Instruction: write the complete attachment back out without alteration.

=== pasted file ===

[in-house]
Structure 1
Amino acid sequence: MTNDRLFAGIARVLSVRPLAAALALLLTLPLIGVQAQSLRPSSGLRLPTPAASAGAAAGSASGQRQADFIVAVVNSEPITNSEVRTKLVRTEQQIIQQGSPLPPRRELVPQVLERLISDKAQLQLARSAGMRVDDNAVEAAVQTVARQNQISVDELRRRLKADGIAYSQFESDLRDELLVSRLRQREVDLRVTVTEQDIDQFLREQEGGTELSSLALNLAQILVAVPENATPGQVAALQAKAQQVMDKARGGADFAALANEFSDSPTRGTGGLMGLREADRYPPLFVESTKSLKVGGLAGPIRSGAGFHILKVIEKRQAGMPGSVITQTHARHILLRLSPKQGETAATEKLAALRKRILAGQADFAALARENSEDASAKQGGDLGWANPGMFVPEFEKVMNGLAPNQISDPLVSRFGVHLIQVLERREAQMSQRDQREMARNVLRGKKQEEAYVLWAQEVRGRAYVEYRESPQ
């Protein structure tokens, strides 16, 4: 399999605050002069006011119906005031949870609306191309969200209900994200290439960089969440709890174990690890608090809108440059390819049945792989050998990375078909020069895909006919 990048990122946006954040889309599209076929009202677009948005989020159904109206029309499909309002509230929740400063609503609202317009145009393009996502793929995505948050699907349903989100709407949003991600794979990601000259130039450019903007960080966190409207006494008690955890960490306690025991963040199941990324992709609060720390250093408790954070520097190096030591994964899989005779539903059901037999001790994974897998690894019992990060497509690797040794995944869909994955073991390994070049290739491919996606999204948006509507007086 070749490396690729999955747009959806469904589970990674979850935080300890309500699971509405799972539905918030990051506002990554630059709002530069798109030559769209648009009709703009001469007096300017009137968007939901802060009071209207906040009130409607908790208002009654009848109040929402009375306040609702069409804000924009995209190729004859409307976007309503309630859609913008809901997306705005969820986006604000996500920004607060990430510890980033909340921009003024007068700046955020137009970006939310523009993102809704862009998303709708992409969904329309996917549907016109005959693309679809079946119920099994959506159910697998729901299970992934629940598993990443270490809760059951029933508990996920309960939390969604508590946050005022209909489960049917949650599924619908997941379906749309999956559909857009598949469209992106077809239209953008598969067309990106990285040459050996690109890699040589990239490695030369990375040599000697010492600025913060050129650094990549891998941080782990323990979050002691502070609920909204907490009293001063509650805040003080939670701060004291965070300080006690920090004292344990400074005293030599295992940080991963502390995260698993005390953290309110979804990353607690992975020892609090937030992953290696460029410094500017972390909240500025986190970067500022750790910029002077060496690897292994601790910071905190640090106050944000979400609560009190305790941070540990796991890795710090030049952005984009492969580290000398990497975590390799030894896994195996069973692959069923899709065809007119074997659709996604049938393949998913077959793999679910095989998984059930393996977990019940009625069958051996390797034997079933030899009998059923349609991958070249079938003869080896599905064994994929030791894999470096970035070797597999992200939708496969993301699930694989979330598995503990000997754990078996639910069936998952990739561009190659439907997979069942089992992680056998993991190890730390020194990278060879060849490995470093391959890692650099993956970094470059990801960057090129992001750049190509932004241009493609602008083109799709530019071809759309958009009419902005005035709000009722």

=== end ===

[in-house]
Structure 1
Amino acid sequence: MTNDRLFAGIARVLSVRPLAAALALLLTLPLIGVQAQSLRPSSGLRLPTPAASAGAAAGSASGQRQADFIVAVVNSEPITNSEVRTKLVRTEQQIIQQGSPLPPRRELVPQVLERLISDKAQLQLARSAGMRVDDNAVEAAVQTVARQNQISVDELRRRLKADGIAYSQFESDLRDELLVSRLRQREVDLRVTVTEQDIDQFLREQEGGTELSSLALNLAQILVAVPENATPGQVAALQAKAQQVMDKARGGADFAALANEFSDSPTRGTGGLMGLREADRYPPLFVESTKSLKVGGLAGPIRSGAGFHILKVIEKRQAGMPGSVITQTHARHILLRLSPKQGETAATEKLAALRKRILAGQADFAALARENSEDASAKQGGDLGWANPGMFVPEFEKVMNGLAPNQISDPLVSRFGVHLIQVLERREAQMSQRDQREMARNVLRGKKQEEAYVLWAQEVRGRAYVEYRESPQ
């Protein structure tokens, strides 16, 4: 399999605050002069006011119906005031949870609306191309969200209900994200290439960089969440709890174990690890608090809108440059390819049945792989050998990375078909020069895909006919 990048990122946006954040889309599209076929009202677009948005989020159904109206029309499909309002509230929740400063609503609202317009145009393009996502793929995505948050699907349903989100709407949003991600794979990601000259130039450019903007960080966190409207006494008690955890960490306690025991963040199941990324992709609060720390250093408790954070520097190096030591994964899989005779539903059901037999001790994974897998690894019992990060497509690797040794995944869909994955073991390994070049290739491919996606999204948006509507007086 070749490396690729999955747009959806469904589970990674979850935080300890309500699971509405799972539905918030990051506002990554630059709002530069798109030559769209648009009709703009001469007096300017009137968007939901802060009071209207906040009130409607908790208002009654009848109040929402009375306040609702069409804000924009995209190729004859409307976007309503309630859609913008809901997306705005969820986006604000996500920004607060990430510890980033909340921009003024007068700046955020137009970006939310523009993102809704862009998303709708992409969904329309996917549907016109005959693309679809079946119920099994959506159910697998729901299970992934629940598993990443270490809760059951029933508990996920309960939390969604508590946050005022209909489960049917949650599924619908997941379906749309999956559909857009598949469209992106077809239209953008598969067309990106990285040459050996690109890699040589990239490695030369990375040599000697010492600025913060050129650094990549891998941080782990323990979050002691502070609920909204907490009293001063509650805040003080939670701060004291965070300080006690920090004292344990400074005293030599295992940080991963502390995260698993005390953290309110979804990353607690992975020892609090937030992953290696460029410094500017972390909240500025986190970067500022750790910029002077060496690897292994601790910071905190640090106050944000979400609560009190305790941070540990796991890795710090030049952005984009492969580290000398990497975590390799030894896994195996069973692959069923899709065809007119074997659709996604049938393949998913077959793999679910095989998984059930393996977990019940009625069958051996390797034997079933030899009998059923349609991958070249079938003869080896599905064994994929030791894999470096970035070797597999992200939708496969993301699930694989979330598995503990000997754990078996639910069936998952990739561009190659439907997979069942089992992680056998993991190890730390020194990278060879060849490995470093391959890692650099993956970094470059990801960057090129992001750049190509932004241009493609602008083109799709530019071809759309958009009419902005005035709000009722």